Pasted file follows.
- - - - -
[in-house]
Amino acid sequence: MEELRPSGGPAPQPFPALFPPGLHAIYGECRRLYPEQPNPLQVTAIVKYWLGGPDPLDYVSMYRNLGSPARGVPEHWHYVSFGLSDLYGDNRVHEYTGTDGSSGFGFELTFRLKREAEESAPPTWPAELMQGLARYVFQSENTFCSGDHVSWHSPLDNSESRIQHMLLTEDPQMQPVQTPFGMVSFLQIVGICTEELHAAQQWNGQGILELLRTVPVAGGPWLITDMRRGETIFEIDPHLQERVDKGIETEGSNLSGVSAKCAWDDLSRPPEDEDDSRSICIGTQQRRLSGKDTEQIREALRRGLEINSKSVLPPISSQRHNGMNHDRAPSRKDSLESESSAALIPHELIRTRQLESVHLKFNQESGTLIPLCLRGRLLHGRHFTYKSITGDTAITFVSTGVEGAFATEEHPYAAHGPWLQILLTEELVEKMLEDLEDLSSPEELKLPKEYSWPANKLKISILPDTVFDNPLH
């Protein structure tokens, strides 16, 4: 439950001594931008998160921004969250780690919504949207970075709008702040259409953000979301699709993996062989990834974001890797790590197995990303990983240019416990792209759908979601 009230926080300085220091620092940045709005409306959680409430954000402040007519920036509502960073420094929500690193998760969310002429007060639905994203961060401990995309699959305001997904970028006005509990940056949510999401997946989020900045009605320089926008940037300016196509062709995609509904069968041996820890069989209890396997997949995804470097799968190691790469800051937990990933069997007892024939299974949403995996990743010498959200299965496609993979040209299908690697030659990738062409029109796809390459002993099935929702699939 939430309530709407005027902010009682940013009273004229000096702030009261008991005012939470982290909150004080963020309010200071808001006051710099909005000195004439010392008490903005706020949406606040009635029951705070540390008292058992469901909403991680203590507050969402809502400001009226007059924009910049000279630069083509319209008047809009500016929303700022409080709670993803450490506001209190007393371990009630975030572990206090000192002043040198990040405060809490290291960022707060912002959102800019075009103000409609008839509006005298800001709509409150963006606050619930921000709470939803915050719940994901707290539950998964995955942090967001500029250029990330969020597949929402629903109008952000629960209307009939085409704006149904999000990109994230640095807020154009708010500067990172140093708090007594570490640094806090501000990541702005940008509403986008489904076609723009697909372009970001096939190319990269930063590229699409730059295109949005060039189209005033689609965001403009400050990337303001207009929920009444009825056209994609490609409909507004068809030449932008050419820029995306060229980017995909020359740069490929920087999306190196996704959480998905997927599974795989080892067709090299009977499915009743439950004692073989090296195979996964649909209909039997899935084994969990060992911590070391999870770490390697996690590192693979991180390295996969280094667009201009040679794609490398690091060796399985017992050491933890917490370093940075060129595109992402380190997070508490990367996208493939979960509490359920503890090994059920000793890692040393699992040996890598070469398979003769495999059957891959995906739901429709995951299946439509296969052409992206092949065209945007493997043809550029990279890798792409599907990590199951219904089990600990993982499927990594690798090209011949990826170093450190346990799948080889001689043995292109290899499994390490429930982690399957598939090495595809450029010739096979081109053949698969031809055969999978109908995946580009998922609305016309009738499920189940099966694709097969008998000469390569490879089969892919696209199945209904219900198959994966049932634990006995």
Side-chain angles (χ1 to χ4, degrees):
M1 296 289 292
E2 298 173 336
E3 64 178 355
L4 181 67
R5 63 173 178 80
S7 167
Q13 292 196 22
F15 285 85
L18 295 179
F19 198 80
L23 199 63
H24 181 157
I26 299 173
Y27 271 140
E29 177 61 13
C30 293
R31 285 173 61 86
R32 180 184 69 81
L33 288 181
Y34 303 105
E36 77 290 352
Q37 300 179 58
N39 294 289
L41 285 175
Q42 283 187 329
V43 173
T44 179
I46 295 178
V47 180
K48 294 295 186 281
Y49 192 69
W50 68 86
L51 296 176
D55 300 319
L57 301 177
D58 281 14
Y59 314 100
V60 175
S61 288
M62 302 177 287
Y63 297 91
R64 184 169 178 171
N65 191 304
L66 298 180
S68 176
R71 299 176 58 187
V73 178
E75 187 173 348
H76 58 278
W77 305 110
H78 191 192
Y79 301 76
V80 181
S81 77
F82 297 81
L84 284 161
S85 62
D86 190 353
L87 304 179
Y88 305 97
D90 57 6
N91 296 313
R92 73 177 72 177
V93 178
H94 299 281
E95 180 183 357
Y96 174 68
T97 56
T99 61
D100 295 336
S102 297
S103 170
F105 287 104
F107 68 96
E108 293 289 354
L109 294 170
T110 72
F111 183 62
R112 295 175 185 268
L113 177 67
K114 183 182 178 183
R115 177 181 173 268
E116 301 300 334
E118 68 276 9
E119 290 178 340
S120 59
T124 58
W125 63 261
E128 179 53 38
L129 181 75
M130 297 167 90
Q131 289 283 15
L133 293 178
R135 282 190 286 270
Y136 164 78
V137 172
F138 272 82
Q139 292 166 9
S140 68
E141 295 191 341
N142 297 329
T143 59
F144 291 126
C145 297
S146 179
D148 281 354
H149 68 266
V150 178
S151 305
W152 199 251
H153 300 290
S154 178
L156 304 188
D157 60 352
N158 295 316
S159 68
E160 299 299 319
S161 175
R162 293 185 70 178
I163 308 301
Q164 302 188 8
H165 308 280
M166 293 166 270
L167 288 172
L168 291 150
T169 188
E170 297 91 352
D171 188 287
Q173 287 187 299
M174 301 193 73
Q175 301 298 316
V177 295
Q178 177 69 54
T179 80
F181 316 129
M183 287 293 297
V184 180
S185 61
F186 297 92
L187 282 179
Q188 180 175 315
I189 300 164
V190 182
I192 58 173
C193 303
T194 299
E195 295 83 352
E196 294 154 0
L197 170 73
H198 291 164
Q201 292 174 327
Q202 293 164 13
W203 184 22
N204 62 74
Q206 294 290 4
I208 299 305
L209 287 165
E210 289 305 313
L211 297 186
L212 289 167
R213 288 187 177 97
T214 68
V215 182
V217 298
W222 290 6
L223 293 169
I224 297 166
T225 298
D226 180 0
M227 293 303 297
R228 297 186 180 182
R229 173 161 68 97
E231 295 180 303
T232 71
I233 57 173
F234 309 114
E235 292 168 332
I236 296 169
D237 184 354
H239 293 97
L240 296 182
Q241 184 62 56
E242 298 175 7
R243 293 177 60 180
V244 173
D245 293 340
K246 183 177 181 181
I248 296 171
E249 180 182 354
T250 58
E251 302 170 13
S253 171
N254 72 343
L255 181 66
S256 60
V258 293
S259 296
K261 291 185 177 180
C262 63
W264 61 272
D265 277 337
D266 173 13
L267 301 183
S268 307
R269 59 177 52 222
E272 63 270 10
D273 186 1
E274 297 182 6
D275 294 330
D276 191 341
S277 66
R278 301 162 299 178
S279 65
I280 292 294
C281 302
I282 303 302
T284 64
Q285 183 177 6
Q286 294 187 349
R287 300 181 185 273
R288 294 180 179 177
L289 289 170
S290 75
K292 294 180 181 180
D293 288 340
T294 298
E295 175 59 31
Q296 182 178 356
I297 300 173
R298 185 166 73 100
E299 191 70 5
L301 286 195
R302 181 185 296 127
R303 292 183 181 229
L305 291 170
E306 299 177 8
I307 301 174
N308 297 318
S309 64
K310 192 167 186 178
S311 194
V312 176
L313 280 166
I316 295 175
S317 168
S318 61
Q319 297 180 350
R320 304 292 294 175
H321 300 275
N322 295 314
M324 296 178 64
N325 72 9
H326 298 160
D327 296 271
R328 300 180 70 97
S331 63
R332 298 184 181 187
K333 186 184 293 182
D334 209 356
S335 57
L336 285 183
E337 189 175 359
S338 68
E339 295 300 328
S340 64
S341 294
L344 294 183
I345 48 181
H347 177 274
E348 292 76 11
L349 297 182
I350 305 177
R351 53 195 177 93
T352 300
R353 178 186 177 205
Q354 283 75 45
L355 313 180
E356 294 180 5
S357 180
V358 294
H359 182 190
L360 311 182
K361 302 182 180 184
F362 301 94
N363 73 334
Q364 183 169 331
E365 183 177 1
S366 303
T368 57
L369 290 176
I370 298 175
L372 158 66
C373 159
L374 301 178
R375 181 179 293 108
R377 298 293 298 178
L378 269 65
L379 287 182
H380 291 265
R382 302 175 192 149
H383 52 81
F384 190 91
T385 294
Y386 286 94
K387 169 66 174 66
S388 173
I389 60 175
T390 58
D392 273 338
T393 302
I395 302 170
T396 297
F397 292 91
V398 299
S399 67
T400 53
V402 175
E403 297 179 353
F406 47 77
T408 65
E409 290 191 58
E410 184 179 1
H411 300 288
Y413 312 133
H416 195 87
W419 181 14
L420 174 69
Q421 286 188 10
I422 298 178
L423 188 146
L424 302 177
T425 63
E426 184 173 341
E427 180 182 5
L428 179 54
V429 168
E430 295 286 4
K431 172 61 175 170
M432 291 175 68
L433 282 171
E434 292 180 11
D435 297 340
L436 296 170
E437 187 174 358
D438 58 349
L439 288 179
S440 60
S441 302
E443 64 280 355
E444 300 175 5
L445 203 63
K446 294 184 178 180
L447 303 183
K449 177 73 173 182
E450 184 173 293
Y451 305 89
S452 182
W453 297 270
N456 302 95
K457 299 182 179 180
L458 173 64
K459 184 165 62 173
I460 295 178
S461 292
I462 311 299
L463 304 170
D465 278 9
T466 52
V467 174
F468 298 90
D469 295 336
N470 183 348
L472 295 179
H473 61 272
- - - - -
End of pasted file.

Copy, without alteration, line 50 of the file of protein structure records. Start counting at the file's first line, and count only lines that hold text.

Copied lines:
R71 299 176 58 187